• A dull ache, sharp pain, or mild tenderness.
  • Shoulder stiffness or a feeling of swelling.
  • Pain when moving your affected arm.
  • Pain when lying on the affected side.
  • Sharp or pinching pain when you raise your arm overhead.
  • Pain when you lower your arm.
  • Minor pain that may be felt both during activity and when resting.
  • Pain that radiates from the front of your shoulder to the side of your arm.

Over time, pain may worsen, leading to:

  • Nighttime pain.
  • Loss of strength or motion.

Causes of Shoulder Bursitis

Although shoulder bursitis can develop in anyone, overhead athletes and professionals whose occupations require repetitive shoulder movements are at higher risk. Professions at risk of shoulder bursitis include painters, carpenters, and builders, while athletes at risk include football, softball, and lacrosse players.

Certain conditions place people at higher risk of bursitis as well, such as arthritis, gout, diabetes, kidney disease or uremia, or thyroid disease.

Shoulder Bursitis Surgery

If conservative treatment options fail to relieve pain, shoulder bursitis surgery may be recommended. Because the goal of shoulder bursitis surgery is typically to create more space for the rotator cuff, surgery usually involves removing the inflamed part of the bursa or removing the bursa altogether.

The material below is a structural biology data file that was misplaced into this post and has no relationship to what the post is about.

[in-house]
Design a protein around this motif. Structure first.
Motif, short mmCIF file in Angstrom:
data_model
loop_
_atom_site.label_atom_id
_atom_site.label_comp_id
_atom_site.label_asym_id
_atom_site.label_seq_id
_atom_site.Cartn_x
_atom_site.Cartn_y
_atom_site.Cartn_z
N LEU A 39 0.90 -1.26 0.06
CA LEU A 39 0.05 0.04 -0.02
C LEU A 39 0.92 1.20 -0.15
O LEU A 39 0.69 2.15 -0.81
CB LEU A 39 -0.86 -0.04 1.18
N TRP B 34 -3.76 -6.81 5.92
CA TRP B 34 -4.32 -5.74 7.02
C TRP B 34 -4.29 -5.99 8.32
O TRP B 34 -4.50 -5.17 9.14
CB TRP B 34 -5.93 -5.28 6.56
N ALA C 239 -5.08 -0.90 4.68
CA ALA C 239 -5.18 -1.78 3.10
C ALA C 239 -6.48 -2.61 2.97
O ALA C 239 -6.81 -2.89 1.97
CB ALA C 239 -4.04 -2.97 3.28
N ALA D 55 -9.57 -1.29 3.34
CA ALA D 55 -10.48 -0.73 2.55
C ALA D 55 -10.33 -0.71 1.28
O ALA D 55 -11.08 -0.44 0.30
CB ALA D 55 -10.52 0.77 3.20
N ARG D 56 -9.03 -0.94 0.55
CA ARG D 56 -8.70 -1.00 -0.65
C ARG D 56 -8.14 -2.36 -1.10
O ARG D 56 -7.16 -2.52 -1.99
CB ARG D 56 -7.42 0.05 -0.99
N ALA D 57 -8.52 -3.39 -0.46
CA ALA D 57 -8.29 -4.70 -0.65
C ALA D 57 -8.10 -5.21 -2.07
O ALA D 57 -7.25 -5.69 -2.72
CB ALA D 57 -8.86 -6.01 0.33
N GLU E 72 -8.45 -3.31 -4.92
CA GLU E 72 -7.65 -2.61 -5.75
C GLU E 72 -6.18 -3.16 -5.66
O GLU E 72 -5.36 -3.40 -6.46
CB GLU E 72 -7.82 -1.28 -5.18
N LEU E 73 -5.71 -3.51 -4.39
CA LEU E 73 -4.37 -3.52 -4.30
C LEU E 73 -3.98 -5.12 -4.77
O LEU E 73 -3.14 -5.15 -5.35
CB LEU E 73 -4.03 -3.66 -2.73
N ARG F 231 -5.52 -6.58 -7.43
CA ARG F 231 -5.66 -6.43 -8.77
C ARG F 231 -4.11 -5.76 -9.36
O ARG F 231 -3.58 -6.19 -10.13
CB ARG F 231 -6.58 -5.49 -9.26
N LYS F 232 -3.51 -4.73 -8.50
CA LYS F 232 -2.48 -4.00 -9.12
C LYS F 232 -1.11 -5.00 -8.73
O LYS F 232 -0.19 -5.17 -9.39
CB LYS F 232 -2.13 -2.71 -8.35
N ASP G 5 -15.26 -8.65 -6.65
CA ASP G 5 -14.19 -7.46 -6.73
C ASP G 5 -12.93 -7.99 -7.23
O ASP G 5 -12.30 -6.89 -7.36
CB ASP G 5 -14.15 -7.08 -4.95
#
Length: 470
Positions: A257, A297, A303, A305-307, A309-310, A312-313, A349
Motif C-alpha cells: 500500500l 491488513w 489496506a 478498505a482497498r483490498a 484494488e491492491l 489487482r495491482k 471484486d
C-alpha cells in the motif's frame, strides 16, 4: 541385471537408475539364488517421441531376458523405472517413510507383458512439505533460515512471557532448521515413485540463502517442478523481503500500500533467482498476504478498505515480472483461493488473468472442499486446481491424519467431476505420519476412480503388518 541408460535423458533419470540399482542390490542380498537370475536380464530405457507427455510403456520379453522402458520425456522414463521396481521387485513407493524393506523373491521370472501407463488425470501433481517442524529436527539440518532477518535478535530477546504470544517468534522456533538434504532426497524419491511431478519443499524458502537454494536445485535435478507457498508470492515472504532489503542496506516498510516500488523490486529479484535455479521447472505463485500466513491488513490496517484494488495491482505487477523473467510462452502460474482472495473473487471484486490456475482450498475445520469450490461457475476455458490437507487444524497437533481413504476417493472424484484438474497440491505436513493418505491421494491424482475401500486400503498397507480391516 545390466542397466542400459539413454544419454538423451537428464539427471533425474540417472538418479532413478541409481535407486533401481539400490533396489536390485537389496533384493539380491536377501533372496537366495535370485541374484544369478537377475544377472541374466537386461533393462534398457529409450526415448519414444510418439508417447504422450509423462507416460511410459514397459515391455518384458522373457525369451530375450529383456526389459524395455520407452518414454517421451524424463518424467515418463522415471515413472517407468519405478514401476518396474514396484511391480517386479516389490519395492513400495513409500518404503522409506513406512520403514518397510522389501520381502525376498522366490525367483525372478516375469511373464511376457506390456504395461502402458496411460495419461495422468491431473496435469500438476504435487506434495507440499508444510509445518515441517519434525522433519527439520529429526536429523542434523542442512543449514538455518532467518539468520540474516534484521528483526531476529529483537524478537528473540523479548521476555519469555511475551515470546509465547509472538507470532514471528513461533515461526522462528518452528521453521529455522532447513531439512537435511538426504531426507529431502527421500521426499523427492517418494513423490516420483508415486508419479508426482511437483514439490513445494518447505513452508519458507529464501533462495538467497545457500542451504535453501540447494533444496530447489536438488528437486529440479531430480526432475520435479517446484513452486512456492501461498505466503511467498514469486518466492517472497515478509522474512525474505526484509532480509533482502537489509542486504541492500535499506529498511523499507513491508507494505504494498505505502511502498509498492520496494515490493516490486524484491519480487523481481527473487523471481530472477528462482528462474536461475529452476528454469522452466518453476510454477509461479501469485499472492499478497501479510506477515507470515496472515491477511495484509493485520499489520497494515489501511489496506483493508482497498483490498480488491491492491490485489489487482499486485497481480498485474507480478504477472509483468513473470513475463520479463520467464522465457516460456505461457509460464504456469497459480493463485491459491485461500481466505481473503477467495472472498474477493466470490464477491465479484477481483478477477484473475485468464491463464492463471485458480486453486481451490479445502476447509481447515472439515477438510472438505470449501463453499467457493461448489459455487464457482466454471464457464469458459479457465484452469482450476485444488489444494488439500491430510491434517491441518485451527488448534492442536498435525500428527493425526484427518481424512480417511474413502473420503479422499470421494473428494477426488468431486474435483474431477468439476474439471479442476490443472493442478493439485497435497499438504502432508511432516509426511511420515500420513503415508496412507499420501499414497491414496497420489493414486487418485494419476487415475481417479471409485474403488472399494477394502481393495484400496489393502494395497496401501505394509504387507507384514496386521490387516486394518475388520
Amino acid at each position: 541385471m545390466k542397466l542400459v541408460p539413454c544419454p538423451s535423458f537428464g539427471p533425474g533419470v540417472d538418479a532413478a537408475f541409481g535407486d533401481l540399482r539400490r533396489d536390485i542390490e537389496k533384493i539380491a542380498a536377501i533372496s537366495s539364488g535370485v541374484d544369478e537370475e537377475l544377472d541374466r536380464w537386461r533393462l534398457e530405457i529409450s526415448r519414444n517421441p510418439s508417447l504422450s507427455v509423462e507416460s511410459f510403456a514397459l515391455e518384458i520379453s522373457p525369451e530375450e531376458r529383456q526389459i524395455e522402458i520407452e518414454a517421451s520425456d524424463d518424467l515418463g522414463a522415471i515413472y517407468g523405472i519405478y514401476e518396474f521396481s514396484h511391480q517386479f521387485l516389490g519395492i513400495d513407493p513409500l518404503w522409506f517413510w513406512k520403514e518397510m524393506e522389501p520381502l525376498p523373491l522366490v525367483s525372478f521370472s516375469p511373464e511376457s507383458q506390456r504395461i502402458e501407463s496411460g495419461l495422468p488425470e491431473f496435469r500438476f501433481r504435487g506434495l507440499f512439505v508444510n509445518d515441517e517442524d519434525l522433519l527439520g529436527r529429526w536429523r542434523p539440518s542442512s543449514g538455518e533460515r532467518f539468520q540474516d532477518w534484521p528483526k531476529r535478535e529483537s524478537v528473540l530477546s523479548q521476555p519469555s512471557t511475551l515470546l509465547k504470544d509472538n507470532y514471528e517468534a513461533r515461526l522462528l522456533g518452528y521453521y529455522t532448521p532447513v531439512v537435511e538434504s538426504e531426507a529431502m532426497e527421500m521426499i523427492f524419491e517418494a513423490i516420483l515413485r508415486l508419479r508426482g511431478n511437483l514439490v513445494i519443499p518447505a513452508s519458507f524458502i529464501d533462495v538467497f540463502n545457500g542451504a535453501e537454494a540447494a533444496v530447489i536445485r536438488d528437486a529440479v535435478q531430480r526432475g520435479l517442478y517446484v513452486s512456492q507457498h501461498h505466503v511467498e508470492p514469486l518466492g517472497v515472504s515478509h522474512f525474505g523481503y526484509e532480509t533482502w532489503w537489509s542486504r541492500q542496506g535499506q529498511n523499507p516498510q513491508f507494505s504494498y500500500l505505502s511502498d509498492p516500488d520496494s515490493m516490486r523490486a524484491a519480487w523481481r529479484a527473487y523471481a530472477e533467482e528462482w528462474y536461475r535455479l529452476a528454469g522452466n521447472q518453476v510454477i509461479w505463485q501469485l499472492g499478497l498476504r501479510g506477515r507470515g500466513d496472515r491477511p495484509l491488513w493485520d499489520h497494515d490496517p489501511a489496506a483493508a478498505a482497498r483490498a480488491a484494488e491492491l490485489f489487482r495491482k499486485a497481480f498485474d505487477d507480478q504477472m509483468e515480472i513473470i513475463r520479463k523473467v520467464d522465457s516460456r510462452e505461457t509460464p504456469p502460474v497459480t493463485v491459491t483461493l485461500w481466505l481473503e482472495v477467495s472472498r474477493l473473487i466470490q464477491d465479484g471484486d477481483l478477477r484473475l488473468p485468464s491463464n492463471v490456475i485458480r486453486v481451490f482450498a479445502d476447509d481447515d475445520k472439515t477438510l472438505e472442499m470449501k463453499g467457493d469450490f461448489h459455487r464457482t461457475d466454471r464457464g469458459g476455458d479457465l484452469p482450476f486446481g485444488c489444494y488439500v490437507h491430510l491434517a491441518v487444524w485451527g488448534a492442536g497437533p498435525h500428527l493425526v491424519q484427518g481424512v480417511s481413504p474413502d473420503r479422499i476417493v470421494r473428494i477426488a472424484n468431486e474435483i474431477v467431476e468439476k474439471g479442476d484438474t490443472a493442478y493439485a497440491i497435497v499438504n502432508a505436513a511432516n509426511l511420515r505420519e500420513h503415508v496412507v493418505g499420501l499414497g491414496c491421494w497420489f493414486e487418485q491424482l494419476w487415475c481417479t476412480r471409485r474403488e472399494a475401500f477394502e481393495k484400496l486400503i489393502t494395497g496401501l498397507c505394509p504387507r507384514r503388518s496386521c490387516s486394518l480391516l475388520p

Fortunately, even in cases when conservative treatment has been unable to relieve shoulder bursitis pain, shoulder bursitis surgery is not your only option for relief from your pain. A variety of non-surgical, cellular-based therapies are available that can relieve shoulder bursitis pain without limiting your range of motion or requiring the removal of the bursa. 

Treatment options like Bone Marrow Concentrate, Alpha 2 Macroglobulin Injection, and Autologous Stem Cell Injections reduce inflammation while encouraging the growth of new tissue. These options also allow patients to recover more quickly than they would if they underwent surgery, which means that you can get back to your sport or back to work in less time.  

Get Relief From Shoulder Bursitis Pain in Glen Mills, PA

If you or someone you know has shoulder bursitis, get the care you need to get back to optimal performance without shoulder bursitis surgery at the Center for Sports Medicine and Wellness.

Our team is proud to be experts in the most advanced orthobiologic and minimally invasive treatments for our patients. We understand that our patients’ top priority is to successfully recover from their conditions while getting back to their lives or their sports as quickly as possible. We’re proud to provide the most advanced options that allow our patients to restore their mobility without a lengthy recovery period.

If you’d like to learn more about our services or contact us to schedule a consultation, please call our office in Glen Mills, Pennsylvania, at (610) 459-4200 or fill out our form. We welcome your inquiry and we look forward to helping you get back to the game of life!